The readings for the Second Sunday of Easter make it clear that God engages His people in a new way, through the power of the Holy Spirit. Jesus spent three years presenting His followers with the truth of God’s love for them, and He extended to His people the invitation to return that love.
At times, they briefly experienced the power of God’s love when they witnessed a miracle, but that brief experience of love quickly faded. They didn’t experience God’s love as a permanent daily possession.
All of that changed when Christ appeared to the apostles and disciples on Easter Sunday night. They were a confused, forlorn, despondent, disappointed and guilt ridden group of followers. They were behind locked doors, living in fear that crucifixion was in their immediate future.
The pain of grieving Jesus’ crucifixion was intensified by their guilt of having abandoned Him in His hour of need.
Into the midst of this despondency, the risen Jesus appears. Twice He said to them: “Peace be with you!” That isn’t what they were prepared to hear. A severe reprimand from Jesus might have been expected.
Yet He joyfully showed them His pierced hands and pierced side. At the sight of the Lord, His disciples rejoiced. Then He said: “As the Father has sent me, so I send you.” He then breathed on them and said: “Receive the Holy Spirit. If you forgive men’s sins, they are forgiven them! If you hold them bound, they are held bound.”
Imagine the initial disbelief and then the shock of joy that jolted the disciples out of their despondency. Suddenly God’s Holy Spirit entered their hearts and transformed them.
Suddenly their guilt, self-condemnation, self-loathing and grief were transformed into inexplicable joy. Light has overcome darkness. Joy has overcome sorrow. Mercy has overcome guilt.
However, now they feel honored to have been invited to do what Jesus did. They have been commissioned to go out into the whole world and teach the people what they had been taught. They have been given the dignity to extend, in Jesus name, forgiveness for all sins.
Heaven entered the Upper Room and brought God’s love into man’s misery, to transform that misery into hope-filled and meaningful living. God has become engaged with mankind.
When a young man and a young woman find each other attractive, they share their love with each other more and more. When they decide to make this a permanent commitment, they enter into an engagement, and then marriage.
That is what Christ initiated in the Upper Room. There, the three persons of the Holy Trinity announced their engagement with mankind. However, this was a different kind of engagement party. When God engages mankind in a covenant of love, God never takes back His commitment. Even if man breaks his part of the bargain, God will never relent on His commitment to love to the end.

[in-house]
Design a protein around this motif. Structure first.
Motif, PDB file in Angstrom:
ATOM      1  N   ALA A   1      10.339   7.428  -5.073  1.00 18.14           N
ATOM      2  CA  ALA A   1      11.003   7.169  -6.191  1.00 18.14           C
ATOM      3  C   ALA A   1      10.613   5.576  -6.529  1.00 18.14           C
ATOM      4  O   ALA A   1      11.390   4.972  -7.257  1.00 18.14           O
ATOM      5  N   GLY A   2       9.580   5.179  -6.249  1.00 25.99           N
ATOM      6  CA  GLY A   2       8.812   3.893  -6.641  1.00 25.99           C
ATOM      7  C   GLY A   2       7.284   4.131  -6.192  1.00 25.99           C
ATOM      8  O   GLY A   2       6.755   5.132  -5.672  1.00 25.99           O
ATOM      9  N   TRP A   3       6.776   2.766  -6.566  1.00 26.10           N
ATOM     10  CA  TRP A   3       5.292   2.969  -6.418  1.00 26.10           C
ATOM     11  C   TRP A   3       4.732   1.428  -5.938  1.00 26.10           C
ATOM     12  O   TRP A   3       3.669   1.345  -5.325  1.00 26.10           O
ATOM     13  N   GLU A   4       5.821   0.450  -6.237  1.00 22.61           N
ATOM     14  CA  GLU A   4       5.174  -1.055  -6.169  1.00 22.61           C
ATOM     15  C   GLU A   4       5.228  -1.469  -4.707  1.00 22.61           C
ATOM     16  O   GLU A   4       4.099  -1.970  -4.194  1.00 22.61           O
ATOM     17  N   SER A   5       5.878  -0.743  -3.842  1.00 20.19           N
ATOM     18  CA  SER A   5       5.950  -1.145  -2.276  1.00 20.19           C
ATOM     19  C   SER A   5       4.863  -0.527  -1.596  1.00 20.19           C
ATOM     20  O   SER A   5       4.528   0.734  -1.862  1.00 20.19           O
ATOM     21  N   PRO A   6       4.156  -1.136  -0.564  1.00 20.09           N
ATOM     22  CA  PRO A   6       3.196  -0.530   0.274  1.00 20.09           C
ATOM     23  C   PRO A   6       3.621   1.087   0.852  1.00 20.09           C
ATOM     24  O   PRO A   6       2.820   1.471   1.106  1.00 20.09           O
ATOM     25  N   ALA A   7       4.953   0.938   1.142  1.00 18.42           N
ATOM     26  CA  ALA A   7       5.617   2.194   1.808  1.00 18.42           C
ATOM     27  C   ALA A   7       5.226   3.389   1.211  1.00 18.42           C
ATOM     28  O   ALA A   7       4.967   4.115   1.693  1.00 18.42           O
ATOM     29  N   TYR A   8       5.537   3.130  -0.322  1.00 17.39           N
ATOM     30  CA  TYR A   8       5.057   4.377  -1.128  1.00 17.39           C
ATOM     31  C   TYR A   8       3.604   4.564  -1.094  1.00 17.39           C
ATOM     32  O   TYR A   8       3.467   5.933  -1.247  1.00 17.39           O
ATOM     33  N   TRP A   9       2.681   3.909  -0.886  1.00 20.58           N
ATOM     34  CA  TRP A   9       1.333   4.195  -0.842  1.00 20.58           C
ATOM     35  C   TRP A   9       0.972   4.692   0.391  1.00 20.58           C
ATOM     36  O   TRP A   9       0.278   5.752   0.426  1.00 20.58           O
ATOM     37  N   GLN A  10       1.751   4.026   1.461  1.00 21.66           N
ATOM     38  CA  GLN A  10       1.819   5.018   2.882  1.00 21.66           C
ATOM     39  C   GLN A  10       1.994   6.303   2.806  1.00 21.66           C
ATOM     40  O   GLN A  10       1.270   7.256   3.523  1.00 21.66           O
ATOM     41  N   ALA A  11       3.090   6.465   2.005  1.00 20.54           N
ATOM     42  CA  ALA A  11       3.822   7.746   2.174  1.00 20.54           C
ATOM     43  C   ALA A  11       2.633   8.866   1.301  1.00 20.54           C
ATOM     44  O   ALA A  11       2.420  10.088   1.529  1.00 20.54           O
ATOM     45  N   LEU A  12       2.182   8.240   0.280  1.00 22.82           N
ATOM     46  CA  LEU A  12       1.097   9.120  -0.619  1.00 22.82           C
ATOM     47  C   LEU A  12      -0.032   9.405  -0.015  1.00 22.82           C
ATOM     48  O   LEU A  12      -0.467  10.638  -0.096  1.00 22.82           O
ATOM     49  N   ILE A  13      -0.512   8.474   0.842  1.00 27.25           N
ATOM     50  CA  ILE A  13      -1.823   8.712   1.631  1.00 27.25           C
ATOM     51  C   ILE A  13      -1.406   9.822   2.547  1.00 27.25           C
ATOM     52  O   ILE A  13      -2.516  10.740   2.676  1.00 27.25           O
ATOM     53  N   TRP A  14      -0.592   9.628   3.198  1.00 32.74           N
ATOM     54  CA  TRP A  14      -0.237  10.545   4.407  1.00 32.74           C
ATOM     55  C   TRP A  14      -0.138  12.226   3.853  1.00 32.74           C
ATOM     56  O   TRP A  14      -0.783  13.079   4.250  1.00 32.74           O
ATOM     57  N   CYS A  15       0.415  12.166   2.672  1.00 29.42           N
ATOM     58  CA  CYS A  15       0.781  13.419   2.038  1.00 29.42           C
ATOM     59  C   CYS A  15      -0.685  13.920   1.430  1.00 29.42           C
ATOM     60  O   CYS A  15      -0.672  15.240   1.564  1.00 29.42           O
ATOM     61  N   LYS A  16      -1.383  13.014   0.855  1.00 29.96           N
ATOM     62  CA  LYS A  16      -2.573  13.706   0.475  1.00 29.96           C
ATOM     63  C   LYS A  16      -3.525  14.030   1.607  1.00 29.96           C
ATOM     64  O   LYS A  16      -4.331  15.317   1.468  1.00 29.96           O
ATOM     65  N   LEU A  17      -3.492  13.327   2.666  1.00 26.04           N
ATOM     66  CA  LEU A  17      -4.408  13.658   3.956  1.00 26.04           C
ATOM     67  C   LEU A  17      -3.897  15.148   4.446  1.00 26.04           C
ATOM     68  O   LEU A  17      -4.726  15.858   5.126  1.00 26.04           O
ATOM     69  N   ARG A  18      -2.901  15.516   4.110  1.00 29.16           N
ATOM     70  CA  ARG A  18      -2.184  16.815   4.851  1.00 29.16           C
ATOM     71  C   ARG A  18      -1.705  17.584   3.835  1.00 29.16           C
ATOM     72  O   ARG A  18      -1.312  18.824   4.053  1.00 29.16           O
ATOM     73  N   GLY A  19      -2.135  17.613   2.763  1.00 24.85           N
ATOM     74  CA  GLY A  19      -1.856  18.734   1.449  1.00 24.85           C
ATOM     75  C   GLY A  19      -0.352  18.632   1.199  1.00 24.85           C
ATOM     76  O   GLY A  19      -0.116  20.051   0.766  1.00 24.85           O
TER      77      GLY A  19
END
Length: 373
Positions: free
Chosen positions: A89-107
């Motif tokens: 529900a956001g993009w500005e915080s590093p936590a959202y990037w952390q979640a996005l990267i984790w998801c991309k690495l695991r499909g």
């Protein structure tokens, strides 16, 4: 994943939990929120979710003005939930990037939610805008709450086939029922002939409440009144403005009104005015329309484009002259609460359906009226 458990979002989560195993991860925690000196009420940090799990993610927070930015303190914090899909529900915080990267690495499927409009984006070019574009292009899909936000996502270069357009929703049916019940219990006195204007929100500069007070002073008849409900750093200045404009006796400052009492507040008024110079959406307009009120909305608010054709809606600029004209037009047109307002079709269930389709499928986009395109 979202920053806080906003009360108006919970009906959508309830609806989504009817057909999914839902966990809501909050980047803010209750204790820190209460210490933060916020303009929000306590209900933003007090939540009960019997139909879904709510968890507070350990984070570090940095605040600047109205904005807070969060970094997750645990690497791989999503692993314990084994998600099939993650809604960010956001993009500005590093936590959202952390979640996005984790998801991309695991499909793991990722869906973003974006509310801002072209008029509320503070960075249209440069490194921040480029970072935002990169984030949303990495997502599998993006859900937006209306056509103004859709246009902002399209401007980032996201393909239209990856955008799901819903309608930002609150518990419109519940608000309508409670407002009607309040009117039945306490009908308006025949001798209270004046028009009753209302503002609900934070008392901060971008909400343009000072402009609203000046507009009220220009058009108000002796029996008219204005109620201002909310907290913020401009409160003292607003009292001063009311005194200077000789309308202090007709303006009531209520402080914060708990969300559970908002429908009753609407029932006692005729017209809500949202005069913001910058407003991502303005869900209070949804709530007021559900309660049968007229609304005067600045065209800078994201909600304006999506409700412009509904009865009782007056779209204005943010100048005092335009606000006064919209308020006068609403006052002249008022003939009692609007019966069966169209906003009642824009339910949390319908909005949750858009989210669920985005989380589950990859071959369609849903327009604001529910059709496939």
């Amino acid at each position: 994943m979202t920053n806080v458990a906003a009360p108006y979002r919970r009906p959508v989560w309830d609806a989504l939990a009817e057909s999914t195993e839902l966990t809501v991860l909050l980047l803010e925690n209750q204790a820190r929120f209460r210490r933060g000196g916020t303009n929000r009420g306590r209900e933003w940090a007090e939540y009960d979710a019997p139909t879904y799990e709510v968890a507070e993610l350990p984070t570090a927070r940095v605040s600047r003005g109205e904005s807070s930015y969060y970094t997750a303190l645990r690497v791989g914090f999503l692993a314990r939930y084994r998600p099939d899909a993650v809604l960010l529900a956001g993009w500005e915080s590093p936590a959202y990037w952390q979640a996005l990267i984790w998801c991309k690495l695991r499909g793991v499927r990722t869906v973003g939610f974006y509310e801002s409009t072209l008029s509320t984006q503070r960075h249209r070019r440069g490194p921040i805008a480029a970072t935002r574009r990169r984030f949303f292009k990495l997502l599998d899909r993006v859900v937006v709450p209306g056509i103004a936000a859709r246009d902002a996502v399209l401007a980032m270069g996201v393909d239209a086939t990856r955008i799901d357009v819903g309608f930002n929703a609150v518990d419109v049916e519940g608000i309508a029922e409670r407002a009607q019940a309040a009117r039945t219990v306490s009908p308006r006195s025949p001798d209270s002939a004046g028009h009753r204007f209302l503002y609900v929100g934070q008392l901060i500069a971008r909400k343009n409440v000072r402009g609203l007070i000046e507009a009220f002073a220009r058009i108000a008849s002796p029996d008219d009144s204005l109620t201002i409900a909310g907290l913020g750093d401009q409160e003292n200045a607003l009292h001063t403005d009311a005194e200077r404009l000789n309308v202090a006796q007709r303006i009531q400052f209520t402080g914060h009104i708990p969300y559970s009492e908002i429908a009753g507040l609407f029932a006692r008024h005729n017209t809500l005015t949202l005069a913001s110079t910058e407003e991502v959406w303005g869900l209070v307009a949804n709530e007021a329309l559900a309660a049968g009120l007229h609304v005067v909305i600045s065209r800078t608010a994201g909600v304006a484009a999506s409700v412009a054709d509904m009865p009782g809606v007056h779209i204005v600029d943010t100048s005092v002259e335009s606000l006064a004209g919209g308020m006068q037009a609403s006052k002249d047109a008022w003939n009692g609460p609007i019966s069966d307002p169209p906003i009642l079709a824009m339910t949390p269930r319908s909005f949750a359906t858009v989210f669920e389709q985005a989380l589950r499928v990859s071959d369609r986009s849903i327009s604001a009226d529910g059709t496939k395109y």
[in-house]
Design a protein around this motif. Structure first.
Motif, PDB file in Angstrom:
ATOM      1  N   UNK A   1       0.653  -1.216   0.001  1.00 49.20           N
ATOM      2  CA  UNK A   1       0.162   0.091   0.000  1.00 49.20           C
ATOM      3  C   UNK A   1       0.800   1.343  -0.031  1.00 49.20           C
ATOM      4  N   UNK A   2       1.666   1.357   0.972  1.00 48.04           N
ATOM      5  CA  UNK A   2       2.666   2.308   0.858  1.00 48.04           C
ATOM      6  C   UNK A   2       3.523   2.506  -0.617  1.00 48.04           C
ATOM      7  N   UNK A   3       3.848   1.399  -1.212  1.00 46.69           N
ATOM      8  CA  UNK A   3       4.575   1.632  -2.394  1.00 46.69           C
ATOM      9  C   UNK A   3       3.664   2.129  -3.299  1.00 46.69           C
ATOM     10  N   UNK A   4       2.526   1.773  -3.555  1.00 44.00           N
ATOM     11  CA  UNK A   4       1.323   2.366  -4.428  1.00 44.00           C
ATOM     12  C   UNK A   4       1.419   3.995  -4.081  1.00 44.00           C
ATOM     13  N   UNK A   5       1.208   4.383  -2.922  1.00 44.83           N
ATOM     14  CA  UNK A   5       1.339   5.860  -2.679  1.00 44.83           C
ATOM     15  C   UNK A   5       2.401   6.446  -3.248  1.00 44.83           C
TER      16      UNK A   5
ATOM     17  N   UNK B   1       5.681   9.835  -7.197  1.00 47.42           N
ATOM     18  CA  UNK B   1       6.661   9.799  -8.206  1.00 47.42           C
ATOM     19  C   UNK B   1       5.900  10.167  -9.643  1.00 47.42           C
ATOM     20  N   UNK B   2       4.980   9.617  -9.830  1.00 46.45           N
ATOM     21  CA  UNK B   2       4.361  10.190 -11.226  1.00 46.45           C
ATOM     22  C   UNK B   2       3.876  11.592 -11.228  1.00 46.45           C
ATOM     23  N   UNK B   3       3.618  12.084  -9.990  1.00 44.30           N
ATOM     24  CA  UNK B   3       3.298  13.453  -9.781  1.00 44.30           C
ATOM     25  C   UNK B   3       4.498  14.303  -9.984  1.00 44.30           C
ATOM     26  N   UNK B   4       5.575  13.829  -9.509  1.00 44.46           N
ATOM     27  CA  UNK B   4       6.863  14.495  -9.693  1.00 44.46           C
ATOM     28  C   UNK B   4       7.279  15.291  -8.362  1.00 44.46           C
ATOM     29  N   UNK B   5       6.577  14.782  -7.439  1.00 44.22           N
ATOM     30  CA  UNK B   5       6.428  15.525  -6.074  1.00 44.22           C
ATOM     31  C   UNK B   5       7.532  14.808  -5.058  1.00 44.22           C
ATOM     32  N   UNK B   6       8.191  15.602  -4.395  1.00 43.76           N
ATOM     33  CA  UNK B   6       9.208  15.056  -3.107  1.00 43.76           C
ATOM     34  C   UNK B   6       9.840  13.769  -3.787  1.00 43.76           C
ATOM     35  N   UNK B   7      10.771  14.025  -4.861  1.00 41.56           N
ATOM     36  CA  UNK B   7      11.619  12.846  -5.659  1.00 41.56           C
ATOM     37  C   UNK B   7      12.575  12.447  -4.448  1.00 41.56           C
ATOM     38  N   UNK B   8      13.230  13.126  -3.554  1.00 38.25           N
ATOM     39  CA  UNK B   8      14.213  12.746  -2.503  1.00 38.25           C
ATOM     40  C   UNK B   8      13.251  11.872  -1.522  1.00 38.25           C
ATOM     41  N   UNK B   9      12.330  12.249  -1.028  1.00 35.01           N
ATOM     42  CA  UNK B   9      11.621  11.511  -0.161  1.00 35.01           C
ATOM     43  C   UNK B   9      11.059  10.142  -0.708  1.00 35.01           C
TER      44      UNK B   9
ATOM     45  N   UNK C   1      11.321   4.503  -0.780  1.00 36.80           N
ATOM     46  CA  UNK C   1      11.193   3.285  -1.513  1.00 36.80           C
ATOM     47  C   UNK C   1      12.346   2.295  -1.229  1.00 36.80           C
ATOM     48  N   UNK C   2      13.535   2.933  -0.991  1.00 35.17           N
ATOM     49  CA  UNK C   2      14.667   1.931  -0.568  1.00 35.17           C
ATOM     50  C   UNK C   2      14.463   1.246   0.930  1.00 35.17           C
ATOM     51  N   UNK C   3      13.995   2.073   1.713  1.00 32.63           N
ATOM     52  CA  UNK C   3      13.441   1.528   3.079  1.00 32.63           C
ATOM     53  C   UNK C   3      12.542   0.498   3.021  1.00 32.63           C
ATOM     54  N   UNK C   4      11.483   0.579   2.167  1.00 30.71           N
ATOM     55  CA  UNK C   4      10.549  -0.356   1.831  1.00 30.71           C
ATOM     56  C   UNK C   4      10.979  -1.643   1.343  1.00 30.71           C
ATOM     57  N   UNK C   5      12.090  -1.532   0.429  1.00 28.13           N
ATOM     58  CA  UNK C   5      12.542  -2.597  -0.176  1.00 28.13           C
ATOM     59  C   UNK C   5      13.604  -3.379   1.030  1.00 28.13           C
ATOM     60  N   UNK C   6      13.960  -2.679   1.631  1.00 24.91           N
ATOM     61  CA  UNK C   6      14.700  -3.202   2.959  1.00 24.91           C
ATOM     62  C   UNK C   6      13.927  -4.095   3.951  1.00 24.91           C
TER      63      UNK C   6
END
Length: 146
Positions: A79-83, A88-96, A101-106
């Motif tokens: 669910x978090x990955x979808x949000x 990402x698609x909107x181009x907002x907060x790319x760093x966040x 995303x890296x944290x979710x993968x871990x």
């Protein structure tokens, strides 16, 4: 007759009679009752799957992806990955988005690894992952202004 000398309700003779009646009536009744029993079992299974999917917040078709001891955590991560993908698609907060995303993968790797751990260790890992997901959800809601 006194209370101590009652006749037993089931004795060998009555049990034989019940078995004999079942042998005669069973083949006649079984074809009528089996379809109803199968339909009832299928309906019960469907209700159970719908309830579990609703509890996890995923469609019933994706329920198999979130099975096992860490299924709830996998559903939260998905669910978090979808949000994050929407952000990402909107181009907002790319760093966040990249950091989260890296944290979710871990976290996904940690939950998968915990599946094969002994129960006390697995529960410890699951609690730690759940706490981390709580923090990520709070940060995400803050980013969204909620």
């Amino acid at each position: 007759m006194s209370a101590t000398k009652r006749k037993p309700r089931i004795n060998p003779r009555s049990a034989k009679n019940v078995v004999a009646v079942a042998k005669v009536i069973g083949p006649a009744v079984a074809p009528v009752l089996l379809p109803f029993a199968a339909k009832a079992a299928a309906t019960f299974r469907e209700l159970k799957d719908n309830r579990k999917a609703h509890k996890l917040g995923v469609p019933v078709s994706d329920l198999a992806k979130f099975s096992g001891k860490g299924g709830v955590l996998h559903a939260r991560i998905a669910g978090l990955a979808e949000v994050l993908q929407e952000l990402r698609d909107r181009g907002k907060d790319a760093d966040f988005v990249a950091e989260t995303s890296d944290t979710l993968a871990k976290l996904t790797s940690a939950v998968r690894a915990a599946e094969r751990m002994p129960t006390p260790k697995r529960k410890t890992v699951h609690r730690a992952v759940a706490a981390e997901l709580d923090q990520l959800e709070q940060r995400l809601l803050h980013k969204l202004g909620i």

Not only does the Holy Spirit engage His people in His love, but He also gives His people that same power to engage each other with that same kind of love. That helps us to understand the first reading from the Acts of the Apostles. “The community of believers was of one heart and one mind. None of them ever claimed anything as his own; rather everything was held in common.”
What formerly belonged to them, now belongs to God, and what formerly belonged to others now belongs to them, because it belongs to God and they belong to God. In other words, people are now engaged to their God and through God to each other. This engagement is fueled by God’s love. Now, to give is to be enriched by God’s love. As one person told me recently: “The more I give away, the more God gives me to give away!”
Think of what a difference this can make in our interpersonal engagements. If we are really engaged with God, then we will be engaged in giving out God’s gifts to ourselves. As He forgives our faults, so we want to pass along to others that same forgiveness. As others reach out in kindness, so we want to pass along the joy of sharing with others that same kindness.
As God stands with us as we go through suffering and disappointment, so we want to strengthen others by engaging them and accompanying them in their sorrow. In the second reading, Paul helps us to understand what happens when we do these things. “We can be sure that we love God’s children when we love God and do what He has commanded.”
All of this and more is what the Holy Spirit gives us when we open our hearts to Him. The Holy Spirit of God thirsts to have a free roam in our hearts. Surprises come to us as we allow Him into our prayers, decision-making and daily work. God desires each of us to become evangelists for Him, to introduce His gifts to others. When others get ‘bitten’ by His love, their lives change. The Holy Spirit starts having new fun with others as He gives them permission to try Him on in real living!
The gift that makes the Holy Spirit so attractive to others is His gift of peace in you. When others see that you are peaceful in living and sharing His gifts, they are attracted to Him.